south-east of London to Ebbsfleet and to and Watford and Aylesbury
in the north-west.
Proms Organ Rises to Occasion
- First notes of 2004 BBC event to be heard on restored instrument
INFLUENCE of eastern culture on western music is one of the themes
of the Proms, which starts this weekend with notes played on
a newly restored 1871 organ, Britain's biggest, at the Royal
organ, refurbished at a cost of UKP1.7 million, will be heard
in the opening ceremony and then off the Proms go; its first
evening, on Friday, made up of work by Bach, Elgar and Holst.
eastern theme kicks off in Prom 6 next Tuesday with Zhou Long's
The Immortal. The idea that the theme is a response to the political
situation is perhaps dispelled by the fact that here 'east' most
often means 'far
east' and not the Islamic tradition.
themes this year are Back to Bohemia, dominated by Dvorak and
Janacek, and England at the Crossroads: 1934, the year Elgar,
Delius and Holst died. Dvorak's Dimitrij is the highlight this
Sunday, the 18th. Saturday goes under the banner of The Nation's
Favourite Prom, which features highly popular work such as Mozart's
Marriage of Figaro and Tchaikovsky's '1812' Overture.
- Previews, News and Tickets
from Overseas 'Prop Up NHS'
- Up to a quarter of all nurses in London from abroad
hospitals are increasingly staffed by foreign nurses, according
to a report from the influential King's Fund group.
a survey of three of London's NHS Trust areas, between 12 and
25 per cent of nurses were found to have been trained outside
recruitment was initially regarded as a quick-fix, but it's now
clear this is an integral part of many hospitals' recruitment
strategies," said Professor James Buchan, of the King's
problem, Buchan implies, is that employing overseas nurses tends
to add to the problem of high staff turnover seen in the NHS.
But cause and effect of such turnover is not at all clear: "There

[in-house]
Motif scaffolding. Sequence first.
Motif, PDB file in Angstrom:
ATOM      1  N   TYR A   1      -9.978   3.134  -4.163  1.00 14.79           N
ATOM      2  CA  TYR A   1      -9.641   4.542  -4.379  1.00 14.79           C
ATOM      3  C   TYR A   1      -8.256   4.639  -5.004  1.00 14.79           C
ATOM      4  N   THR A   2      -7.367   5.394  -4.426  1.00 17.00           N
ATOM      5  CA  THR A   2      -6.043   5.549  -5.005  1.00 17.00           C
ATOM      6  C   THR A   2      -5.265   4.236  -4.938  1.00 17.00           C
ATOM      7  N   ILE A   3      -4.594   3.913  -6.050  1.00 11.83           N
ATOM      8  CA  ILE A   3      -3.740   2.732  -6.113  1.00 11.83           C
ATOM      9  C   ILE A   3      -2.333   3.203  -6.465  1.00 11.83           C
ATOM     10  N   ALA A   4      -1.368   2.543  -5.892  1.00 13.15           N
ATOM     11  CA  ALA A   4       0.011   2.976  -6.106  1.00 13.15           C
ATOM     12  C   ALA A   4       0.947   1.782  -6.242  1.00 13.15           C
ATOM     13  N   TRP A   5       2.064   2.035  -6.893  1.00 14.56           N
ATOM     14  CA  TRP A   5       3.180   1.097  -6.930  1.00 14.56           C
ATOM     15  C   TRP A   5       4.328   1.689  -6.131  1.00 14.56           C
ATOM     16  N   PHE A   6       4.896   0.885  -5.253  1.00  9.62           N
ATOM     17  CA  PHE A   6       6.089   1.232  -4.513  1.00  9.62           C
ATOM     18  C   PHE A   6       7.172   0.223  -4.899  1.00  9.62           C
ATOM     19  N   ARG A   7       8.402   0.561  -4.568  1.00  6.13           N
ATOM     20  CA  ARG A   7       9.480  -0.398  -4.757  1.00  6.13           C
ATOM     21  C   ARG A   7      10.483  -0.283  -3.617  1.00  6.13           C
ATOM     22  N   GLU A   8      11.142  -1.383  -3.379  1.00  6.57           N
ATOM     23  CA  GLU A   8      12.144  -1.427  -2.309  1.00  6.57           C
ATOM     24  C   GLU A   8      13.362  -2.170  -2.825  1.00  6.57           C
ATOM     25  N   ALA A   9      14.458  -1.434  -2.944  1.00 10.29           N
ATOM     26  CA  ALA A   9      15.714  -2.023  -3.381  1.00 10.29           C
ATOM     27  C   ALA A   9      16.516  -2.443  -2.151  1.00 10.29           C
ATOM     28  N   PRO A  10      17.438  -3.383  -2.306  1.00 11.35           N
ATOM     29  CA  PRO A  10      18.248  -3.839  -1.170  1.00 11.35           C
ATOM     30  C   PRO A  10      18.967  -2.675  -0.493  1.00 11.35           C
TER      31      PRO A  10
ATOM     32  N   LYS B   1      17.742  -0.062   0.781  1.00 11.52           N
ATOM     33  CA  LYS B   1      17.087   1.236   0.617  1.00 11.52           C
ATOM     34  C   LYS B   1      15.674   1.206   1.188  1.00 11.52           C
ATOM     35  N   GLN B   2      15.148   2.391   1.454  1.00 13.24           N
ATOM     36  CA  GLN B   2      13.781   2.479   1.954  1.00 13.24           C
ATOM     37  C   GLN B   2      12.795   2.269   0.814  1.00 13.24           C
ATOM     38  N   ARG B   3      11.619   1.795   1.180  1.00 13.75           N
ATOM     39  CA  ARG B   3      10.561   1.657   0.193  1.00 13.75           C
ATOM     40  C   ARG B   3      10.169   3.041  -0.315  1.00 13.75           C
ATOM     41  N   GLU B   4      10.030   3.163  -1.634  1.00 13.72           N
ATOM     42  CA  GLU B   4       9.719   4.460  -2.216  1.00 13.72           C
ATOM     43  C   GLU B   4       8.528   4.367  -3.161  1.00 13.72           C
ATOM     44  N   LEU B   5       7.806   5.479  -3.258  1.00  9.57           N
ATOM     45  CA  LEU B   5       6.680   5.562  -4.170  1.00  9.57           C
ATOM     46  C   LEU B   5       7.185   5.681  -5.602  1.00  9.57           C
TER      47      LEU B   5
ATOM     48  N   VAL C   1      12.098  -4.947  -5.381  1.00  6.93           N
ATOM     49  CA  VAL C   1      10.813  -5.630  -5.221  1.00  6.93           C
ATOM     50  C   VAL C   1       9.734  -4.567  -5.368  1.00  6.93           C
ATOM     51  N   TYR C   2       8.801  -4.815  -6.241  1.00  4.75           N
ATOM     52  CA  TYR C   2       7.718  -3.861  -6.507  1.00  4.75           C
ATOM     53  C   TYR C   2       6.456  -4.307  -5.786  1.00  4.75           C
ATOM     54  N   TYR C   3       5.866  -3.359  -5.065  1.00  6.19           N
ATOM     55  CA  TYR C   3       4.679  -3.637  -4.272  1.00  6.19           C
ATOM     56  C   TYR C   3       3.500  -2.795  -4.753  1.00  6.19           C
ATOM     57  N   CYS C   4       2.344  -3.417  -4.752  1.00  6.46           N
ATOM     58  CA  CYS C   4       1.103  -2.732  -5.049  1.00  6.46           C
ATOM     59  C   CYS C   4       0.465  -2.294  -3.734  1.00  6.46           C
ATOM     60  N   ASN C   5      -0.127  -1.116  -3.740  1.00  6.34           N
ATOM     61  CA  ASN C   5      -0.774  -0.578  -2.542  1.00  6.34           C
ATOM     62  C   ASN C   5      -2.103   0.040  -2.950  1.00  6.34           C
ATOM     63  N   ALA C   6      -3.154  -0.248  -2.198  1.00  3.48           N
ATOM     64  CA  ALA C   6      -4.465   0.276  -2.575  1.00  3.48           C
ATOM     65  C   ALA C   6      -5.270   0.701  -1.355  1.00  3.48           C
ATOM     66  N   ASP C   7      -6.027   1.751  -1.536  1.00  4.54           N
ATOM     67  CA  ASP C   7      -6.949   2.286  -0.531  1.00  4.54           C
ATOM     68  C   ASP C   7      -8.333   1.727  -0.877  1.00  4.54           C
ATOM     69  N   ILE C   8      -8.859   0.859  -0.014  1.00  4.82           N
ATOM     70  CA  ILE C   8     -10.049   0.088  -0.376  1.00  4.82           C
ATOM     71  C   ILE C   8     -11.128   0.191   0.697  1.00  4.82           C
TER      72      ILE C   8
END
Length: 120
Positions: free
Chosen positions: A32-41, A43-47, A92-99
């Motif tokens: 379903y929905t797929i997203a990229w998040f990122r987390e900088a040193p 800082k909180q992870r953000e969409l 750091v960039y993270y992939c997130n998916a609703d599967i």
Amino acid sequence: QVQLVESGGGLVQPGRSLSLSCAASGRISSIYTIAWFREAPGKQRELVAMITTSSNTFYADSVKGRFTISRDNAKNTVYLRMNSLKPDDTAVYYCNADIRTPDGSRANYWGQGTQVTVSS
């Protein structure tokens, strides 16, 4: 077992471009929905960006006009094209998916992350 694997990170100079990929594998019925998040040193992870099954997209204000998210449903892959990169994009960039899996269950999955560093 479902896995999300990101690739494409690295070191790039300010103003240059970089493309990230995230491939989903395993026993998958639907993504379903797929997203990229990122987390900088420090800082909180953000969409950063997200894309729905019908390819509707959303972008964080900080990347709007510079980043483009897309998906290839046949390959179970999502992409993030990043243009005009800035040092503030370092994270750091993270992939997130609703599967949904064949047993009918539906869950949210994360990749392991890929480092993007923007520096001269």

is a high turnover of nurses in London. We have an acute shortage
of staff here and generally the NHS is being propped up by nurses
from overseas," said Lucy Hamilton of the Royal College
Cheer for Congestion Charge Payers
- Mayor plans to drop CC for festive period
Mayor Ken Livingstone announced that he is to push ahead with
his manifesto commitment to scrap the Congestion Charge during
the Christmas and New Year period.
It's only for three days and it's the quietest time in town on
the roads, but the three day respite from the UKP5 fee could
give a boost to restaurants, shops and theatres.
Drivers of 4x4s might have more to gain than most from the Mayor's
boundless generosity as it looks like they could be paying double
the rate in normal times. Livingstone recently called 4x4 drivers
"idiots" and now he has been backed in his anti-off
roader campaign by the Liberal Democrats.
The Lib Dems have called for a UKP10 charge to be levied on 4x4s.
"4x4 vehicles in city centres are a danger to pedestrians,
a potential hazard to other road users, can cause more damage
than any other type of car, and take up more road space,"
said Lib Dem transport spokesperson Lynne Featherstone.
"The Mayor stuck his neck out with the congestion charge
but he is burying his head in the sand when it comes to implementing
Cruising Made Easier
- New terminal set to triple traffic
LINERS could become a common sight on the Thames following the
opening of a new customs and immigration terminal.
is essential to increase tourism in London," said Geoff
Adam, of the Port of London Authority, the body behind the terminal.
half a million pounds, the terminal is a floating structure on
the river at Greenwich. The target is to increase cruiser traffic
threefold from the 50 liners that have come to London each year.
in recent times.
fact you can now get a ship in here and get people on and off
easily will attract other ships. I think it's great." said
James St John, of The World, the ship currently at the terminal.
of Steel set for Parliament
- Spooks say concrete is not enough, as terrorists target Big
outside the Houses of Parliament could become a thing of the
past if a proposed 'ring of steel' gets the go-ahead.
According to reports, Britain's secret services are to recommend